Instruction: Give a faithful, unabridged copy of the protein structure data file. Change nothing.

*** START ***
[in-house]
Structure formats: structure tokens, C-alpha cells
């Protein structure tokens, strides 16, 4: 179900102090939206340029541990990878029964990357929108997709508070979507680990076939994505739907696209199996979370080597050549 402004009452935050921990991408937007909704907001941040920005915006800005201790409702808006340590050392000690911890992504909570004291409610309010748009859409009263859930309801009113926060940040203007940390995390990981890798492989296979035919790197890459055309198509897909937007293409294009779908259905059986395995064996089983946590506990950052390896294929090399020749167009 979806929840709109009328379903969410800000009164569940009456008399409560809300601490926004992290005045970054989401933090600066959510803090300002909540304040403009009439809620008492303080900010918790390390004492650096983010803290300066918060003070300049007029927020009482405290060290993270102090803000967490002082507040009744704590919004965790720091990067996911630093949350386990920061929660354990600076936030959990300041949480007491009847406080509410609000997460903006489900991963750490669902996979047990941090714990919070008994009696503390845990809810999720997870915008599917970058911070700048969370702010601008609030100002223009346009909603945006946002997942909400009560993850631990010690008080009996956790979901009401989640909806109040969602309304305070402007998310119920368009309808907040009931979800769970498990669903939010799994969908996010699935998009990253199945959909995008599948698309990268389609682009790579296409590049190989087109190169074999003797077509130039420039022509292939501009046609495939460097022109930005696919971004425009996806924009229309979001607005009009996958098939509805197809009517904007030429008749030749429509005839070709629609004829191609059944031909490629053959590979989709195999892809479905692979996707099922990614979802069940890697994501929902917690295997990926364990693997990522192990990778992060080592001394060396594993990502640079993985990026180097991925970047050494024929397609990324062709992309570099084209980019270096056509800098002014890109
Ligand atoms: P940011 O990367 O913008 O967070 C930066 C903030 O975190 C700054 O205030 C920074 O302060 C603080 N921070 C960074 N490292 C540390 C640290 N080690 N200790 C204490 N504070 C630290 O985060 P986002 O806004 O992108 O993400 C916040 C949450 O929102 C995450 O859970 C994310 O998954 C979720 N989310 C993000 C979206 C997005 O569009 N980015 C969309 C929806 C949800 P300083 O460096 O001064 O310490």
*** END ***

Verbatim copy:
[in-house]
Structure formats: structure tokens, C-alpha cells
């Protein structure tokens, strides 16, 4: 179900102090939206340029541990990878029964990357929108997709508070979507680990076939994505739907696209199996979370080597050549 402004009452935050921990991408937007909704907001941040920005915006800005201790409702808006340590050392000690911890992504909570004291409610309010748009859409009263859930309801009113926060940040203007940390995390990981890798492989296979035919790197890459055309198509897909937007293409294009779908259905059986395995064996089983946590506990950052390896294929090399020749167009 979806929840709109009328379903969410800000009164569940009456008399409560809300601490926004992290005045970054989401933090600066959510803090300002909540304040403009009439809620008492303080900010918790390390004492650096983010803290300066918060003070300049007029927020009482405290060290993270102090803000967490002082507040009744704590919004965790720091990067996911630093949350386990920061929660354990600076936030959990300041949480007491009847406080509410609000997460903006489900991963750490669902996979047990941090714990919070008994009696503390845990809810999720997870915008599917970058911070700048969370702010601008609030100002223009346009909603945006946002997942909400009560993850631990010690008080009996956790979901009401989640909806109040969602309304305070402007998310119920368009309808907040009931979800769970498990669903939010799994969908996010699935998009990253199945959909995008599948698309990268389609682009790579296409590049190989087109190169074999003797077509130039420039022509292939501009046609495939460097022109930005696919971004425009996806924009229309979001607005009009996958098939509805197809009517904007030429008749030749429509005839070709629609004829191609059944031909490629053959590979989709195999892809479905692979996707099922990614979802069940890697994501929902917690295997990926364990693997990522192990990778992060080592001394060396594993990502640079993985990026180097991925970047050494024929397609990324062709992309570099084209980019270096056509800098002014890109
Ligand atoms: P940011 O990367 O913008 O967070 C930066 C903030 O975190 C700054 O205030 C920074 O302060 C603080 N921070 C960074 N490292 C540390 C640290 N080690 N200790 C204490 N504070 C630290 O985060 P986002 O806004 O992108 O993400 C916040 C949450 O929102 C995450 O859970 C994310 O998954 C979720 N989310 C993000 C979206 C997005 O569009 N980015 C969309 C929806 C949800 P300083 O460096 O001064 O310490």